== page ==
The Charles Stark Draper Prize for Engineering was established and endowed by Draper in 1988 in tribute to its founder, Dr. Charles Stark Draper, who pioneered inertial navigation. It is intended to honor those who have contributed to the advancement of engineering and to improve public understanding of the importance of engineering and technology.
Administered by the National Academy of Engineering, the international prize is the engineering profession's highest honor, and it is given for engineering achievements and their reduction to practice in ways that have significantly impacted society by improving the quality of life, providing the ability to live freely and comfortably, and/or permitting access to information. The $500,000 prize can be awarded for achievement in any engineering discipline. Originally biennial, the Prize is now awarded annually.
Nominations of candidates for the Prize, awarded to living persons from any country, are sought from members and foreign associates of the U.S. National Academy of Engineering, National Academy of Sciences, and Institute of Medicine; members and foreign associates of academies of engineering worldwide; members of recognized U.S. and international engineering societies; and other individuals deemed eligible by the National Academy of Engineering. Recipients of the Prize are chosen by a committee of members of the National Academy of Engineering who represent a broad spectrum of engineering disciplines.
The U.S. NAE is the preeminent engineering honorific society in the country, whose elected members are among the most accomplished in the engineering profession. It is with the use of this expertise and knowledge that the NAE forms the awarding-committee for the Prize, with the NAE President appointing a committee from the ranks of NAE membership to serve rotating three-year terms. This group, representing the entire engineering profession and at times including a past Prize winner, consists of leaders of the respective engineering disciplines, and carefully considers all nominees and performs due diligence before selecting a winner.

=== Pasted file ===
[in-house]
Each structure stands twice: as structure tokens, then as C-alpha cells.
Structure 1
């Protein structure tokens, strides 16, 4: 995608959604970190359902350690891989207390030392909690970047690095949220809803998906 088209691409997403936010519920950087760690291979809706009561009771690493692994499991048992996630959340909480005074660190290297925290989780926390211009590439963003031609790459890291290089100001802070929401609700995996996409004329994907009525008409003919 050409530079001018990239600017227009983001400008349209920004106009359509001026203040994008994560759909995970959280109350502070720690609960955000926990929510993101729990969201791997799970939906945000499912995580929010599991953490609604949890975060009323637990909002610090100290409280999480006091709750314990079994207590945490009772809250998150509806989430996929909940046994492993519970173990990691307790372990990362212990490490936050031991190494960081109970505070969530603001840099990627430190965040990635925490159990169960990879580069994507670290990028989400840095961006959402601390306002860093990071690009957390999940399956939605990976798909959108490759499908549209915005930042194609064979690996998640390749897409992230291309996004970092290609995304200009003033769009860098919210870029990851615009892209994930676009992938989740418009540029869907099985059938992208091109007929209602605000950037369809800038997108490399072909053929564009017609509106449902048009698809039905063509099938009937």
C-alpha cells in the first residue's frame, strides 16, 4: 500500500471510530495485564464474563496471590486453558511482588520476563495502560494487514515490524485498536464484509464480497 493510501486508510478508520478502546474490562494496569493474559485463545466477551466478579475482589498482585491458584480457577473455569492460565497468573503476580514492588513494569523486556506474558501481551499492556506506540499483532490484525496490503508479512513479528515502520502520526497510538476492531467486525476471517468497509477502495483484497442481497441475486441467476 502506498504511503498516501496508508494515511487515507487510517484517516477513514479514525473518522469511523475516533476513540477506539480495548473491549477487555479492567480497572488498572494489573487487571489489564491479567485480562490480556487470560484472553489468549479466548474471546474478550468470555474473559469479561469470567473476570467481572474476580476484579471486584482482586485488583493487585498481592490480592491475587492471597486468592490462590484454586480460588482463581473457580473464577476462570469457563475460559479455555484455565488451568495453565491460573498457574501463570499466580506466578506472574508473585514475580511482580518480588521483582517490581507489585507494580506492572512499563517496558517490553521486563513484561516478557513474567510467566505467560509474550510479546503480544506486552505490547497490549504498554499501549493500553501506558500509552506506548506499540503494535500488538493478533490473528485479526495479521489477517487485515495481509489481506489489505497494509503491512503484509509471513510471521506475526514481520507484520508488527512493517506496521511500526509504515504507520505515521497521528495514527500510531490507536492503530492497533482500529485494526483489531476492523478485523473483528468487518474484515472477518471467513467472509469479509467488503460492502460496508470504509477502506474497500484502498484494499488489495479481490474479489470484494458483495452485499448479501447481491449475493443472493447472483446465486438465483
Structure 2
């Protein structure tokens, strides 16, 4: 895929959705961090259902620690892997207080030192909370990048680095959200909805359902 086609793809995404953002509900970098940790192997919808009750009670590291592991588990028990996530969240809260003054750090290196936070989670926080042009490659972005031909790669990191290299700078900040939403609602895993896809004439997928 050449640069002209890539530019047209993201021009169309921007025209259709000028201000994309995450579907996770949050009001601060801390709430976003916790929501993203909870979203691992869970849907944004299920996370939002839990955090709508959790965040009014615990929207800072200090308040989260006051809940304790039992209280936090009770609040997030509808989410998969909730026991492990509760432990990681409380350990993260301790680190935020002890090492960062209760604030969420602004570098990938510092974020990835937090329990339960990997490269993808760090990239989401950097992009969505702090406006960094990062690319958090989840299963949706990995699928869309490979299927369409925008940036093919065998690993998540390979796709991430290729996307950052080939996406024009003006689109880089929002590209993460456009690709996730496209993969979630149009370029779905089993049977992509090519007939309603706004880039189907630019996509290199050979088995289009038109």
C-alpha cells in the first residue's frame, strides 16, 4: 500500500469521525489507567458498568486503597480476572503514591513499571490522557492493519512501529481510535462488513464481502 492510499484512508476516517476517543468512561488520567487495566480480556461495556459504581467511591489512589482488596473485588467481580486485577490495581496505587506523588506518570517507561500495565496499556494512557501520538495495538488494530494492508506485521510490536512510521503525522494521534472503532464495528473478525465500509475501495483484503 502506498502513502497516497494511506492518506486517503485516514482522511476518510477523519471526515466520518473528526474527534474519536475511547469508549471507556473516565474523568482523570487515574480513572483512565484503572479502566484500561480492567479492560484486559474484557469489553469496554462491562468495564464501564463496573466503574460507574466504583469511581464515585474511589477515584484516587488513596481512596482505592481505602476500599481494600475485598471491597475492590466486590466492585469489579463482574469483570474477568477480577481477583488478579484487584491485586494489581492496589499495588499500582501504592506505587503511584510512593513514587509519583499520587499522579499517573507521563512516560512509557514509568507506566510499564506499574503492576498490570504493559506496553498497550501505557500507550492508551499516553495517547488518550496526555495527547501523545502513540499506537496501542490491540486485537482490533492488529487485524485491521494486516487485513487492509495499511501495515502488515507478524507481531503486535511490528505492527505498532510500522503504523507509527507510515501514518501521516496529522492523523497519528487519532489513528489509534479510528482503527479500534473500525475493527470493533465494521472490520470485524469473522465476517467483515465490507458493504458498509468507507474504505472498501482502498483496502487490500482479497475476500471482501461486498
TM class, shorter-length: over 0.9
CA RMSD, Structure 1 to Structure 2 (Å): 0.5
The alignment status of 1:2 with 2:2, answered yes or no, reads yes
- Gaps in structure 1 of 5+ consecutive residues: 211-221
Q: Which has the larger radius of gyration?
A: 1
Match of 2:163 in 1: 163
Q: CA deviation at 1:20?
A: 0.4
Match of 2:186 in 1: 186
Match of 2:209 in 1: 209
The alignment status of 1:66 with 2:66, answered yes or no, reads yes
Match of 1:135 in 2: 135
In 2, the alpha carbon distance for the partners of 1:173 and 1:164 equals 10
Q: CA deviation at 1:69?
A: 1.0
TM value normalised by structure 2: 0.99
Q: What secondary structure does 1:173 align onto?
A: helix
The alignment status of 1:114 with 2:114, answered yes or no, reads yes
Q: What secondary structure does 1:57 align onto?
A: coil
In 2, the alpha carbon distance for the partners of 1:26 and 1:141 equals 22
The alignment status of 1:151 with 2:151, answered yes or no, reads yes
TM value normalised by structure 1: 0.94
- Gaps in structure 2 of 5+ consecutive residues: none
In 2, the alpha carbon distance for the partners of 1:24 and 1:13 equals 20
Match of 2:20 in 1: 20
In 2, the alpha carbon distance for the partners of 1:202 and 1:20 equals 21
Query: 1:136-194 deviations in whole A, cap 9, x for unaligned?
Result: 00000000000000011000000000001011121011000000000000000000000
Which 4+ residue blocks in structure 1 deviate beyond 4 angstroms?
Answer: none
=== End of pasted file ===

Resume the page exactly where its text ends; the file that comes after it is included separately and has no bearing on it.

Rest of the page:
The History and importance of the Prize was addressed by Henry Petroski in the March/April 1994 issue of American Scientist.
For more information on the nomination process, contact the Awards Office at the National Academy of Engineering at 202-334-1266.
Jack Kilby and Robert Noyce display their medals at the first Draper Prize awards ceremony in 1989.
Excerpt from a letter from President William Clinton which was read on February 20, 1996, at the presentation of the 1995 Draper Prize to John Pierce and Harold Rosen for their inventions in communication satellite technology.
"This prestigious award honors those engineers who, often against great odds, explore a new world of possibilities. Pioneers like Pierce and Rosen have taken that exploration further by transforming scientific knowledge into improvements in communication, mobility, education, environment, security and entertainment - enriching our lives, broadening our minds, and increasing our opportunities to prosper."
President William J. Clinton
February 20, 1996